DEL MAR, Calif. (KGTV) — With less than ten weeks until opening day, a lawsuit alleging impropriety in how the Del Mar Fairgrounds awarded a critical contract could derail the plans for the San Diego County Fair to return in full this summer, after limited events due to the pandemic each of the last two years.
“We just cannot allow that kind of cancer to creep into public contracting," said John Moot, an attorney suing the 22nd District Agricultural Association, the public agency which manages and operates the fairgrounds.
Moot says the issue began several years ago when the Board decided to hire one company to provide the fair's midway, which consists of the rides and carnival games.
Two companies bid, Talley Amusements, represented by Moot, and Ray Cammack Shows (RCS). Because the Del Mar Fairgrounds is run by a public agency, public competitive bidding laws and rules apply.
“They seemed intent to give it to a particular operator, and when that operator was not winning the bids or the bids were upheld in protest, the shenanigans started," Moot said. Moot says Board officials manipulated the scoring to give the contract to RCS. When questions were raised and the contract was pulled due to the pandemic in 2021, Moot says the new request for proposals was written in such a way that only RCS could win the bid. Talley is now suing.
Tuesday, a judge issued a temporary injunction, essentially throwing out the contract with RCS to provide the midway for 2022. In his ruling, San Diego Judge Kenneth Medel suggested the evidence shows Talley could likely prove at least part of its case.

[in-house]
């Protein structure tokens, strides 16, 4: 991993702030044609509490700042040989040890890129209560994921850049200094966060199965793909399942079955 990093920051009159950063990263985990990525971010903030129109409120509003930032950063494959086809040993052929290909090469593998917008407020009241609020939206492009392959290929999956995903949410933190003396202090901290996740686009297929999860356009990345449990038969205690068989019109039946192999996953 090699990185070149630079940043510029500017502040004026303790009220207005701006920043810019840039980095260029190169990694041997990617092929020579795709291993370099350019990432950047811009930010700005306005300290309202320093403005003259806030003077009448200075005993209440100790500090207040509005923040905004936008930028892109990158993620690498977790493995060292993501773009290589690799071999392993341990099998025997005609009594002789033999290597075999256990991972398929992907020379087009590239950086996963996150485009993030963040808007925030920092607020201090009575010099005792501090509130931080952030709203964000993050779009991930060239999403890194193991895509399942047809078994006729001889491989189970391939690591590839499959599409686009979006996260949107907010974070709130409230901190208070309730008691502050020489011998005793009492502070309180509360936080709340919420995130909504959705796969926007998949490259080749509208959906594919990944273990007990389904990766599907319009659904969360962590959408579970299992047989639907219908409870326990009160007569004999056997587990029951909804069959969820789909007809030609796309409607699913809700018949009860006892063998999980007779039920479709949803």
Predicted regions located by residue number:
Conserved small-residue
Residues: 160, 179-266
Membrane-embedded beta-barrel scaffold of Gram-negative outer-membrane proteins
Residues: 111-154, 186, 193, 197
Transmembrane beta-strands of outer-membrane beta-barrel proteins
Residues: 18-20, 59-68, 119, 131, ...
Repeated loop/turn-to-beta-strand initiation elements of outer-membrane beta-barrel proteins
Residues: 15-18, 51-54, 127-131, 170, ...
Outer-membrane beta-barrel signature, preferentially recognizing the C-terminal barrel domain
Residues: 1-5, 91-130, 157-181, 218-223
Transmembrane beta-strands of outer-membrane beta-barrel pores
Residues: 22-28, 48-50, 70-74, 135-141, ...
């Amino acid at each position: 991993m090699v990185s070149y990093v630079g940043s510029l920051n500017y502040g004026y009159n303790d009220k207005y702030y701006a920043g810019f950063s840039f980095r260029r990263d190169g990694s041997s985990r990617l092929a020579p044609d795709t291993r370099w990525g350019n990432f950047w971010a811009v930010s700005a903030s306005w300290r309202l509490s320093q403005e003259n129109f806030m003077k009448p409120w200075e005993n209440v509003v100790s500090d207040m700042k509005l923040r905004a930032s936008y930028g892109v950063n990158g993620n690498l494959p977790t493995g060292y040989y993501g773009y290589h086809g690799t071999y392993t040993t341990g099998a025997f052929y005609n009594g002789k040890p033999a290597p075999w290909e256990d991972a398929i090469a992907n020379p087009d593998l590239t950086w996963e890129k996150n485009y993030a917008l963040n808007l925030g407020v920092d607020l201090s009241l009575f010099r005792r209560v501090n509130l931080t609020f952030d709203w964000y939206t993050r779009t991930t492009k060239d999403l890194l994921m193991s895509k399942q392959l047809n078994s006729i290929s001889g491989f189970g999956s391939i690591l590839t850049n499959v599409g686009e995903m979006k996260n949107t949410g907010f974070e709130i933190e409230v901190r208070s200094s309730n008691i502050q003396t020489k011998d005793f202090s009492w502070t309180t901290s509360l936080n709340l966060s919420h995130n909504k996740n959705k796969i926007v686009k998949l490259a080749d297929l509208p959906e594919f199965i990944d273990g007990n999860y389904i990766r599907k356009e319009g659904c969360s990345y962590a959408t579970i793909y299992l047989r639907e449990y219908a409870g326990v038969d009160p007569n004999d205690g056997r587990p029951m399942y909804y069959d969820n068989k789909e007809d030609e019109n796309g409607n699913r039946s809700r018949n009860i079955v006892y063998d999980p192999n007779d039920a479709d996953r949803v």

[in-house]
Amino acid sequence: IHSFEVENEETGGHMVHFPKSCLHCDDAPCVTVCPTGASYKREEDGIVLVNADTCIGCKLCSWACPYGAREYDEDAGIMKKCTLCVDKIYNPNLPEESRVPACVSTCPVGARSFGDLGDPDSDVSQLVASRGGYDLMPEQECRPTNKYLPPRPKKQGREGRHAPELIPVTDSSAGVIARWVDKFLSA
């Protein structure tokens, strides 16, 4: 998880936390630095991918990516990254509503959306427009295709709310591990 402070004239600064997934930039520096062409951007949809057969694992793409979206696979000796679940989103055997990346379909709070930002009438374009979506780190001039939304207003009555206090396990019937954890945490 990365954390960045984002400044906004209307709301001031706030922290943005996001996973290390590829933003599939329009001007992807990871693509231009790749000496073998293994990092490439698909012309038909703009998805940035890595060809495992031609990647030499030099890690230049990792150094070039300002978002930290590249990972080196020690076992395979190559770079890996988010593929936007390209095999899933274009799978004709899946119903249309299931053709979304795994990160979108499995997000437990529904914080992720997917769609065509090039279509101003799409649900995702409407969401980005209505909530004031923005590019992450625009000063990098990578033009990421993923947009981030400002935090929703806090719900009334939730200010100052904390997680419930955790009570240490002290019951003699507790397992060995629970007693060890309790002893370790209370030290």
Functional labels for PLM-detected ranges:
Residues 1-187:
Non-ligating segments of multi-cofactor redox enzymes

“The evidence presented at this stage supports an inference of ‘favoritism,’ ‘fraud’ and ‘corruption’ as to the award of public contracts, although no such definitive findings are made herein," Medel wrote.
It is now unclear how the Fairgrounds Board will proceed. The issue is on the agenda for its next board meeting April 12.
A Fair spokesperson sent a statement to ABC 10News.
"We have received the Court’s Order late this afternoon and are working to determine what it means for the 2022 Fair. We are very concerned by some of the contentions upon which the Court’s ruling is apparently based, which have not been proven. With fewer than ten weeks before the start of the fair, the 22nd DAA is committed to doing everything it can to save this beloved summer ritual that is enjoyed by 1.5 million San Diegans and Californians. Fair officials are considering all options and hope to make a determination about how to proceed in the coming days."
Moot says Talley is still available and capable of providing its services.
“Talley has been wronged. They had this $80 million contract stolen from them. They’re unhappy. They’re upset and rightfully so. But that doesn’t mean they want the fair to fail," he said. “This fair can happen. There’s no doubt this fair can happen. There has to be the will of the fair board to make some systemic changes that will allow it to happen.”
Del Mar Mayor Dwight Worden is urging the parties involved to come together and work out a deal soon so that the logistical issues that need to be worked out with the city can be handled in time.
“My role for my city is to encourage all the parties to try to work it out so we can have a fair," Worden said.